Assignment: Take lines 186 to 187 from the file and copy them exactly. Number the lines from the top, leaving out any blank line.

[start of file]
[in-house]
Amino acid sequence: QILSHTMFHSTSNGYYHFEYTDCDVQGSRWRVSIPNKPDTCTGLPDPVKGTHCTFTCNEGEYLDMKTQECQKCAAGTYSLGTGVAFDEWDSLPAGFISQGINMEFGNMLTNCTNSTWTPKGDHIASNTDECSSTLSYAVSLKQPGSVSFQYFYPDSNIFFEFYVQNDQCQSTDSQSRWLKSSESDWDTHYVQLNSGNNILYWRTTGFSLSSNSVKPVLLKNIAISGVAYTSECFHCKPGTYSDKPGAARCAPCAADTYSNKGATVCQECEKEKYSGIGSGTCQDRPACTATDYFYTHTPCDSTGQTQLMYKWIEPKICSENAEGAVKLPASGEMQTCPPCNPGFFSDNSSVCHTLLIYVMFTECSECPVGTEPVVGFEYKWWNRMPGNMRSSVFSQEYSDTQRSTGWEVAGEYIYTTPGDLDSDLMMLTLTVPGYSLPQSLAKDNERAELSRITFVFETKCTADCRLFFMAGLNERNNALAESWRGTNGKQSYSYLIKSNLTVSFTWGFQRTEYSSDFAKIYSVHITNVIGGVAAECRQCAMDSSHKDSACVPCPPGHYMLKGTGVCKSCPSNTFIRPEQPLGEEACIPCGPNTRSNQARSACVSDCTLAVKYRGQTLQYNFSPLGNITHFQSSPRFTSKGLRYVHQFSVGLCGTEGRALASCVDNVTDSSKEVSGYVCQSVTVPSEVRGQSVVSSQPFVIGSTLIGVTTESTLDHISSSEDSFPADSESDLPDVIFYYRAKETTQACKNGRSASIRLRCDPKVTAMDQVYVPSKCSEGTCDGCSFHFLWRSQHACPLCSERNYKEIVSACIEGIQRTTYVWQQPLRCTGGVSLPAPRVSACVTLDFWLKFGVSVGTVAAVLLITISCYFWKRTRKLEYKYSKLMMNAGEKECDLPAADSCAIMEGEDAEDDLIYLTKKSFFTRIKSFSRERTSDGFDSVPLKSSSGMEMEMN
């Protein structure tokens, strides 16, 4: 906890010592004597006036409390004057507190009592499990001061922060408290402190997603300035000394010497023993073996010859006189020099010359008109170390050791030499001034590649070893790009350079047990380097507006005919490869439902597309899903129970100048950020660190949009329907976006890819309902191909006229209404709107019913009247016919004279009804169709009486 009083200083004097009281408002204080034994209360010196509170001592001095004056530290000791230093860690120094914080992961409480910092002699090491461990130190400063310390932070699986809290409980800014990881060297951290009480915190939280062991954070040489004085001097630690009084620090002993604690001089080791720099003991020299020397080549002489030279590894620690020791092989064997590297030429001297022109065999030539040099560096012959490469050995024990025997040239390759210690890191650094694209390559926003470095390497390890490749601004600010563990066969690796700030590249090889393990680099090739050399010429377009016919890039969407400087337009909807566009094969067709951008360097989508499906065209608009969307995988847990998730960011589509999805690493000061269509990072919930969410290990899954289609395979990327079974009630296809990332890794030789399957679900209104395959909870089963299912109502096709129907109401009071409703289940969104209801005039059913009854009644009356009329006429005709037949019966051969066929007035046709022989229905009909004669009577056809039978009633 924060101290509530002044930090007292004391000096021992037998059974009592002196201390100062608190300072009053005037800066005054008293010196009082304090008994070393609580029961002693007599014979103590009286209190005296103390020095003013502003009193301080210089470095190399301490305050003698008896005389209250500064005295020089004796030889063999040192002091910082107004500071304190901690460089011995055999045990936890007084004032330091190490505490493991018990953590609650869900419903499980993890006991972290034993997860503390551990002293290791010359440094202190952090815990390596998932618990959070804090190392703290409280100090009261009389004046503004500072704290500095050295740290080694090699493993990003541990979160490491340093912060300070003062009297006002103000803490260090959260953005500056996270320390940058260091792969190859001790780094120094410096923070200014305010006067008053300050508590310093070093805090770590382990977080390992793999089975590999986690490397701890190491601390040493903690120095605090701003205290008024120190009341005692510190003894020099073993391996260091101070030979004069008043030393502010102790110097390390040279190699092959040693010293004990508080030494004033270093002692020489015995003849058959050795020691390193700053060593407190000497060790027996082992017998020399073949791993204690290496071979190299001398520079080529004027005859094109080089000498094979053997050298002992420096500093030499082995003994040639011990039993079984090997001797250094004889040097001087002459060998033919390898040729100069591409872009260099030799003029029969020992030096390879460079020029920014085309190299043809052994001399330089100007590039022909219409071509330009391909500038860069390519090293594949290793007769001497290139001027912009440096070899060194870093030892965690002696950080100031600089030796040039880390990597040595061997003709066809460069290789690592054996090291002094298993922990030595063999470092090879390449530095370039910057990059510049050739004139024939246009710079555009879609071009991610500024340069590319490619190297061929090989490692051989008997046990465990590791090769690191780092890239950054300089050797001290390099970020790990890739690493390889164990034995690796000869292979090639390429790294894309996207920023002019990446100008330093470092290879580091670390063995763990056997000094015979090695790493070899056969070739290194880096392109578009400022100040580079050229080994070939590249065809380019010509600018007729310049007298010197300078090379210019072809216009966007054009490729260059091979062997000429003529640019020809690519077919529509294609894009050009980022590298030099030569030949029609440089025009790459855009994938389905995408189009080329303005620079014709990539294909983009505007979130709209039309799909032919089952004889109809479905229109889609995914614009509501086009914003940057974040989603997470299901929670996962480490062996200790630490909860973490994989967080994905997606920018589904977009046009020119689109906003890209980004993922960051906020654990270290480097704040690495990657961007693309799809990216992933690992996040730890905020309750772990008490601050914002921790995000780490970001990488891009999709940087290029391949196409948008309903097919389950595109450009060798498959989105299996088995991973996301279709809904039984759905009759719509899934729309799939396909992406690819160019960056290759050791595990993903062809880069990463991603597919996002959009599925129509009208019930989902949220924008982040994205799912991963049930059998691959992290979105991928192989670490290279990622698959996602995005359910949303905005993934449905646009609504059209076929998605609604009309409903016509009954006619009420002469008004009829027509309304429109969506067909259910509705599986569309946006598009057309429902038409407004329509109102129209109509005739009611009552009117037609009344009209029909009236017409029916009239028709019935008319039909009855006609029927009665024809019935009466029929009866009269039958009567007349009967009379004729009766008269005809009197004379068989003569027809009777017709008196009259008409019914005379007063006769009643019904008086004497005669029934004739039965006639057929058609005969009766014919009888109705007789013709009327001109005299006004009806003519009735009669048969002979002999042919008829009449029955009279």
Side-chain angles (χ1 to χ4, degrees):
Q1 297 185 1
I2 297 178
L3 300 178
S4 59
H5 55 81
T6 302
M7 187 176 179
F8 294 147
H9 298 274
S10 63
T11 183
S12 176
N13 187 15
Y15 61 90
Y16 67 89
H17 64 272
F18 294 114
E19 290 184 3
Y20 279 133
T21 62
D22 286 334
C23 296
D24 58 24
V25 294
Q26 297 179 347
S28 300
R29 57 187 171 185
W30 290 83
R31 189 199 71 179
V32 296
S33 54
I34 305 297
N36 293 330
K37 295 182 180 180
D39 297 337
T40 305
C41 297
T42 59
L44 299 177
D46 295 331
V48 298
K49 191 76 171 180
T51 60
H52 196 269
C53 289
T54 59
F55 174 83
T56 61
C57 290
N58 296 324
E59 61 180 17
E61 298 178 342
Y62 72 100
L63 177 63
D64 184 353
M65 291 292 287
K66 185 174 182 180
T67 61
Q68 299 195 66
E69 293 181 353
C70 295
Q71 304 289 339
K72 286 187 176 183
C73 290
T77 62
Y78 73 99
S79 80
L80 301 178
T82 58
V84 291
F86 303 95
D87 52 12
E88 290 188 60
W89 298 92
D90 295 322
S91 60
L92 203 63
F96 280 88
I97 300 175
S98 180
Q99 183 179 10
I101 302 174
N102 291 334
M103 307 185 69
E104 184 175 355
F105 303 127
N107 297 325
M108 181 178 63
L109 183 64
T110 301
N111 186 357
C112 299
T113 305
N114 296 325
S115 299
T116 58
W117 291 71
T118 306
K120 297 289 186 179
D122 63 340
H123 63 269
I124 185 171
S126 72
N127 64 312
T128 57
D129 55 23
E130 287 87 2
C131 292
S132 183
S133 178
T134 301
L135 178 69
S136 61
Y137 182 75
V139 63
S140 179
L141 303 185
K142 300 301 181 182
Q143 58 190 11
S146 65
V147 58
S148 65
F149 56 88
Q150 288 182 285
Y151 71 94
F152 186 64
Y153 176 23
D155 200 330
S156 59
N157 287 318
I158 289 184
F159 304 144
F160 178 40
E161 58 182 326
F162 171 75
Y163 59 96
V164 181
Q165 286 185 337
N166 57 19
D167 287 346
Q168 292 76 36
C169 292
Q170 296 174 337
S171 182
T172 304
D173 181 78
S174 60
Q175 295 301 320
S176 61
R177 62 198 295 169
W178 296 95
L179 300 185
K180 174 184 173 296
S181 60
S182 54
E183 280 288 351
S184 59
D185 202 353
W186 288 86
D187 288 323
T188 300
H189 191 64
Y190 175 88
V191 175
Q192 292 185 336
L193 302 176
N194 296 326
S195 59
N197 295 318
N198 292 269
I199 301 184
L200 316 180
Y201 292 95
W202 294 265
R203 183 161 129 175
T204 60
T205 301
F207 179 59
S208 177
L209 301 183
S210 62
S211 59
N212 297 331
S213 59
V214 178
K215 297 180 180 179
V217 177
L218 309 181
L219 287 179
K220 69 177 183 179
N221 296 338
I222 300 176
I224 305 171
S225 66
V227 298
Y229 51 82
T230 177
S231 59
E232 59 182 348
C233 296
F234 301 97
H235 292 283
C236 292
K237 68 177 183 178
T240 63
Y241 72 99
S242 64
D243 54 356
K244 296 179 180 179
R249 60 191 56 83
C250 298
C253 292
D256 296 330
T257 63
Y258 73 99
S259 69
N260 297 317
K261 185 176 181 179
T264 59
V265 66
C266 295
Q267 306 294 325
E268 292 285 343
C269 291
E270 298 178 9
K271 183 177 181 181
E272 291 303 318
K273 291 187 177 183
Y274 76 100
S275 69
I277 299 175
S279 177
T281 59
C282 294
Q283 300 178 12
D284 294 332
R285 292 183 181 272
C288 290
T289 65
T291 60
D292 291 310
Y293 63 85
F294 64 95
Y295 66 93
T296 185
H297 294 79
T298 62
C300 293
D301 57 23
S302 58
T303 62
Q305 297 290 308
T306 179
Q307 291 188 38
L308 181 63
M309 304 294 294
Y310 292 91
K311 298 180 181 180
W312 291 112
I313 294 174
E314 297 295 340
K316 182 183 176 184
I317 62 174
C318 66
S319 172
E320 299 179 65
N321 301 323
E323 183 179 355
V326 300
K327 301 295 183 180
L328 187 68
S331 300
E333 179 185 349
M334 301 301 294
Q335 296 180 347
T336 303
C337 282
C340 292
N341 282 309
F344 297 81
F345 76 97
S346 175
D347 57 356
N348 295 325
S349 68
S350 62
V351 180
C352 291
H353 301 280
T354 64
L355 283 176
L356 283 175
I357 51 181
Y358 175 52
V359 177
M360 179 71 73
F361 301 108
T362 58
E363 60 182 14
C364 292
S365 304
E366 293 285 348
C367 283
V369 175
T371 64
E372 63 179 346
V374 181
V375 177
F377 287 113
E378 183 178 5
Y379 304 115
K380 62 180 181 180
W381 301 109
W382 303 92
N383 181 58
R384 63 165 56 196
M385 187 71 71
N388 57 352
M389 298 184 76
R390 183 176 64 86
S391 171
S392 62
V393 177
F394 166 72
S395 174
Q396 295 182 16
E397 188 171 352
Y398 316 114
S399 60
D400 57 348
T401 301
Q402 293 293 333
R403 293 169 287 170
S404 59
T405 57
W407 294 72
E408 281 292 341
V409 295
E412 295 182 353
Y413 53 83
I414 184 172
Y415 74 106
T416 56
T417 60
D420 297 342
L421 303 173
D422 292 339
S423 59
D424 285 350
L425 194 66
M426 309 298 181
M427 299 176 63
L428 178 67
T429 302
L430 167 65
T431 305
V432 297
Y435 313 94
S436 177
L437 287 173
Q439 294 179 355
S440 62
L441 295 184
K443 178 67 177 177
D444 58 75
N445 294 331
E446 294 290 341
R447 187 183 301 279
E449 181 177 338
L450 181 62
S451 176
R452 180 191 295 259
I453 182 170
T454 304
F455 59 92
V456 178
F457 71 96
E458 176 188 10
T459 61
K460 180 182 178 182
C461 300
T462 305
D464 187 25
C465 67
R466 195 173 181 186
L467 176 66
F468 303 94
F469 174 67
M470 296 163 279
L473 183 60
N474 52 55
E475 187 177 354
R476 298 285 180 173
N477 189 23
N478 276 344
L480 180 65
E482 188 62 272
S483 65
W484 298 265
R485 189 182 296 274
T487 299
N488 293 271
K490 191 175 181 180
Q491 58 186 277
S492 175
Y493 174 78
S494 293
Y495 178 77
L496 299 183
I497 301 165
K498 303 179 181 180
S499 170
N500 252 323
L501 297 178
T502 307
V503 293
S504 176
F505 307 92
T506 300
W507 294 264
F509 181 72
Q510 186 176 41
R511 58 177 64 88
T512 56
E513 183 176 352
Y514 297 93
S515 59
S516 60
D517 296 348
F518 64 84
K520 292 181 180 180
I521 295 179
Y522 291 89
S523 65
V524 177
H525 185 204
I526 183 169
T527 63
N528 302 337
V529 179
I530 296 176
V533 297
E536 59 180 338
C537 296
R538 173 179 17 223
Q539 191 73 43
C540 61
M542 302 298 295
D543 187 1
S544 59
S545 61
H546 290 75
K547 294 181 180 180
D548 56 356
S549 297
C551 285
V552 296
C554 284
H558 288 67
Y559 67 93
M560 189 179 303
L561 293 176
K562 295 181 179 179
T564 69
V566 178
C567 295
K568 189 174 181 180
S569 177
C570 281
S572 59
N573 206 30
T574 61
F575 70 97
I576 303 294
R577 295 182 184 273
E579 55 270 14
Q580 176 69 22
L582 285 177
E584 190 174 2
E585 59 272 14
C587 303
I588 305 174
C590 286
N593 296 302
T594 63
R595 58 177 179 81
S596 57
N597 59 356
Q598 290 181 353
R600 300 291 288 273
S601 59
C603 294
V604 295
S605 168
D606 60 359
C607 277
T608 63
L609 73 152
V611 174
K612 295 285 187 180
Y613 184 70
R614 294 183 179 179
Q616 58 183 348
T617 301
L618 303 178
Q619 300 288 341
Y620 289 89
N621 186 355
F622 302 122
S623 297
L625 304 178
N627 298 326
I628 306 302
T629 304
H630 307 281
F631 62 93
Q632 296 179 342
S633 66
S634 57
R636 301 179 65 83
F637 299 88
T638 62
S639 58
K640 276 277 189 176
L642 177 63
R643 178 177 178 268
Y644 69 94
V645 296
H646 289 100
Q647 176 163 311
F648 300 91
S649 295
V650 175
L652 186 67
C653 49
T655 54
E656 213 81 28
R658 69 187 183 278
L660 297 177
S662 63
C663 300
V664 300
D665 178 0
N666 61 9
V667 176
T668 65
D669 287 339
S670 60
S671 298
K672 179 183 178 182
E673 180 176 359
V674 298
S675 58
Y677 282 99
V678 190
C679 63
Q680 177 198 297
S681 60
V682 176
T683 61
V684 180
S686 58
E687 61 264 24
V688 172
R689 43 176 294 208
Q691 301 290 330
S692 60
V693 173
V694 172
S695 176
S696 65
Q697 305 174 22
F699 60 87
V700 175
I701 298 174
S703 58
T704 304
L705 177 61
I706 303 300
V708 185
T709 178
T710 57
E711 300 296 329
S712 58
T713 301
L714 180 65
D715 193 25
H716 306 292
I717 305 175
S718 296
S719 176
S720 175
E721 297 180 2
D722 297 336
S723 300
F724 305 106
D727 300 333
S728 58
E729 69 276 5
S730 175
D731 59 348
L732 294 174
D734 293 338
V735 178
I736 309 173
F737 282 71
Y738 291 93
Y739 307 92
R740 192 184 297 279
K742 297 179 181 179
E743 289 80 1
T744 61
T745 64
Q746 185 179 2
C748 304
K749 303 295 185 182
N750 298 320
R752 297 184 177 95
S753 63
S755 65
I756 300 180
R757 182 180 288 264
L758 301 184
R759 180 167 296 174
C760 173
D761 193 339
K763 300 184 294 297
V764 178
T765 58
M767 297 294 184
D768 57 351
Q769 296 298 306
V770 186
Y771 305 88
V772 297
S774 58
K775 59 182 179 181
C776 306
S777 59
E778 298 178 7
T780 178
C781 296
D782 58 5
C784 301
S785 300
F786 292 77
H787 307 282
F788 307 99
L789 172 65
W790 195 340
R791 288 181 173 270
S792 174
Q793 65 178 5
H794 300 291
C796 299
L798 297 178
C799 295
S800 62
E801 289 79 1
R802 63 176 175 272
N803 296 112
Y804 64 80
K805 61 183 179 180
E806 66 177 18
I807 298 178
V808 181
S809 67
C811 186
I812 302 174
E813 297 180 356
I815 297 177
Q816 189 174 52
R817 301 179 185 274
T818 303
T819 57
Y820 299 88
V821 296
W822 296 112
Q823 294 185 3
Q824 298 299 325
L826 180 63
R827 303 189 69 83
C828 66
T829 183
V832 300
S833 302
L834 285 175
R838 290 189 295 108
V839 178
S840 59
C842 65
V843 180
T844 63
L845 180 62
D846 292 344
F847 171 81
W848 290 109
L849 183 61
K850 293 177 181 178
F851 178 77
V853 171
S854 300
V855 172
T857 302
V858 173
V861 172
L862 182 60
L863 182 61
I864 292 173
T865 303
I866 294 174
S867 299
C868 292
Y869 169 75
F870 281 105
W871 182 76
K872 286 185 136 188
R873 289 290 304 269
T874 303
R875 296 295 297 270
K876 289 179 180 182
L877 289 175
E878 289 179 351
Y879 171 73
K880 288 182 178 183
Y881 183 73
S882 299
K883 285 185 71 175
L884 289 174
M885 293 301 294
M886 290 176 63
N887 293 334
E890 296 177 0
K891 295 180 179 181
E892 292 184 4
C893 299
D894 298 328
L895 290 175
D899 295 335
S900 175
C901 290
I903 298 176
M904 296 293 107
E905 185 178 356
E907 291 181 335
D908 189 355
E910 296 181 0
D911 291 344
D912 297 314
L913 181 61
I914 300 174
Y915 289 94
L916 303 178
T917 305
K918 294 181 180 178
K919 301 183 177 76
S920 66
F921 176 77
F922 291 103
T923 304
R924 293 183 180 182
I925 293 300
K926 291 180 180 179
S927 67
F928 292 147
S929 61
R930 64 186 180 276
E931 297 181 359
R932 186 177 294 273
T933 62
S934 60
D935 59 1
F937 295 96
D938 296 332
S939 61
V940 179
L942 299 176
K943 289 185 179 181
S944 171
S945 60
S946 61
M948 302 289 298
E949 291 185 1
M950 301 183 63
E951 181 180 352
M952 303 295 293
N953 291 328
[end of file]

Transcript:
S211 59
N212 297 331